I can't answer that for you.

Wednesday, September 15, 2010

News, rumors, and trends

What has been happening

Jess Jackson of Kendall-Jackson got shot down on his bid to build a big operation in Knight's Valley. Never heard of Knight's Valley? The locals want to keep it that way.

Jess Jackson again, is trying to get Black Mountain overlooking Alexander Valley renamed to Alexander Mountain. Why? Because he has Cabernet there and Alexander Mountain would look better on the label than Black Mtn. apparently.

And one more time, Kendell-Jackson has consolidated wine production of Arrowood Winery to a facility in Napa. Dick Arrowood left his namesake winery a few months ago. KJ moved Matanzas Creek production to another larger site awhile ago. This is a cost-cutting measure. A few jobs were lost in each move. Arrowood ownership has changed several times in the past decade.

Rosenblum's founder sold to Diego a couple years ago and the result has been job loss. Their Healdsburg tasting room closed and now they are moving the wine production from Alemeda to a Diego site in Napa to consolidate.

Francis Ford Coppola's winery and "theme park" or whatever it is had a job fair for 130 positions. Not many people would have the guts (or is it a vision?) to do this in the current economy.

Earlier this year a local outfit called Vintage Wine Estates purchased a minority stake in the Kunde family's winery. This is a long-established family in the local grape business that apparently got caught off guard by the economic slowdown and ran short of cash.

Geyser Peak, Buena Vista and Gary Farrell wineries have bounced around with different ownership over the past several years. A local company, Ascentia, bought them just as the industry started to tank and now this company appears to be in trouble.

What might happen

These are rumors so I won't mention names in some of these just in case I'm wrong.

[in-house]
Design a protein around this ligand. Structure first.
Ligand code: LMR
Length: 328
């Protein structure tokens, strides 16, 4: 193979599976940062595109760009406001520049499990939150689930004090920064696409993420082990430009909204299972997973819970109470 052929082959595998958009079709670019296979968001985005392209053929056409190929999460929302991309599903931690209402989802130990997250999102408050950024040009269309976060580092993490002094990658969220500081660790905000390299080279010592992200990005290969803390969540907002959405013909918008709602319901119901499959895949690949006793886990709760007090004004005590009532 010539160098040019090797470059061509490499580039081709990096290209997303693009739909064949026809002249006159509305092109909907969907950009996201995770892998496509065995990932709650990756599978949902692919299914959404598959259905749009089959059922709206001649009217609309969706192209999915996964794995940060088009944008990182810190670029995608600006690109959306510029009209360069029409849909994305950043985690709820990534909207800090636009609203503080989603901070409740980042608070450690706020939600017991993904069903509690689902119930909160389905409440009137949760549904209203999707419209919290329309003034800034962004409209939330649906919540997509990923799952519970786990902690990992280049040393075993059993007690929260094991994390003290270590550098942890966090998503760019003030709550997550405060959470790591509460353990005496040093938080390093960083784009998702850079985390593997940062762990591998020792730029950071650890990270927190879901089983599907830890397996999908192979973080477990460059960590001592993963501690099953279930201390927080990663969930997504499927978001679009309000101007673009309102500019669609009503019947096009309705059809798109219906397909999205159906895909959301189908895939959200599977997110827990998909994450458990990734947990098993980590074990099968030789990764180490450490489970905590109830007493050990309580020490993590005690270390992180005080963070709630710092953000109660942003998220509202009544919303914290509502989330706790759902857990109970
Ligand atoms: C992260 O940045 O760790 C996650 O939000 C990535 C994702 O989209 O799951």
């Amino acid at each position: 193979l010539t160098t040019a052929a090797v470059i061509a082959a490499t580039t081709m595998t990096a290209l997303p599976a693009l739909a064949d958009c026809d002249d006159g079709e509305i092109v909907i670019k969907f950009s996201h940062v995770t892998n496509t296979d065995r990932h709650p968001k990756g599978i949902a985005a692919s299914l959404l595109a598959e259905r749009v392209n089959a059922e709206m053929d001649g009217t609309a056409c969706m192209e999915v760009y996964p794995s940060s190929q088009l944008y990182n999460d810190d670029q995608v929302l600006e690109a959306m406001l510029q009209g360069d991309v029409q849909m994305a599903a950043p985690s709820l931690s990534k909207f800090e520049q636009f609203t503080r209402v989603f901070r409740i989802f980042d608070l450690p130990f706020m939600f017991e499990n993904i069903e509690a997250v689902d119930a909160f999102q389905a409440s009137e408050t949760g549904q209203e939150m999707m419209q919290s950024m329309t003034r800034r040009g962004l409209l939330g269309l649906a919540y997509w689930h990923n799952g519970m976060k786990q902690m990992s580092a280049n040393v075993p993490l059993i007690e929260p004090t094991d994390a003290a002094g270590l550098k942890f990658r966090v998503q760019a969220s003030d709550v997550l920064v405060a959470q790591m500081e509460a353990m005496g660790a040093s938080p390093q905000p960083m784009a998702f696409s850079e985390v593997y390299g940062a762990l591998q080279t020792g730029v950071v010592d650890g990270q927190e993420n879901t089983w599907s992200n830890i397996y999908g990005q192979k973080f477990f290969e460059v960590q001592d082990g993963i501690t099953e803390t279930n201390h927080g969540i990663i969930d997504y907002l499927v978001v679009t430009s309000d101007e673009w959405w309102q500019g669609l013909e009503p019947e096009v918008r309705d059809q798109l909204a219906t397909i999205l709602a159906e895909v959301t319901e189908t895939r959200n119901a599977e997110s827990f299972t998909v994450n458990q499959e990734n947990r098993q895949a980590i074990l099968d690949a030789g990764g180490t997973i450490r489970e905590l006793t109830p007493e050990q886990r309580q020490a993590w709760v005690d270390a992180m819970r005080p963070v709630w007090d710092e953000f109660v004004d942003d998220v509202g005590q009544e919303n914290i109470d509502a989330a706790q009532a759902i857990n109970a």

Layoffs at a big family-owned winery conglomerate? They went through this last year and may do it again, but then they're heavy in administrative-type positions anyway.

Fosters has been reorganizing and creating outside alliances in its beer and wine empires that split the wine and beer sides cleanly. Is their wine business going up for sale?

Emerging Trends

Some things that are just catching on with growers and wine makers, much of it related to the economy. Will this stuff be around long-term?

Higher-end wineries and wine makers making cheaper wine. There once was a business case for making $30 wine rather than $15 wine. That seems to have flip-flopped.

Natural wines. This is a trend towards organic growing and away from too much oak and alcohol. Some people are once again picking grapes for balance rather than max fruit so you don't have to add water, tannins, acids, etc. to turn it back into wine.

Social media is catching on big with many wineries without any evidence of increased sales. How much of this just grasping for anything to prop-up wine sales?

Tuesday, September 14, 2010

2010 grape harvest -- mid-September update

California's coastal areas have dealt with cool, damp weather much of the summer.   In Sonoma County and nearby areas after a short, but dramatic, heat wave the weather has turned ideal for the past couple weeks.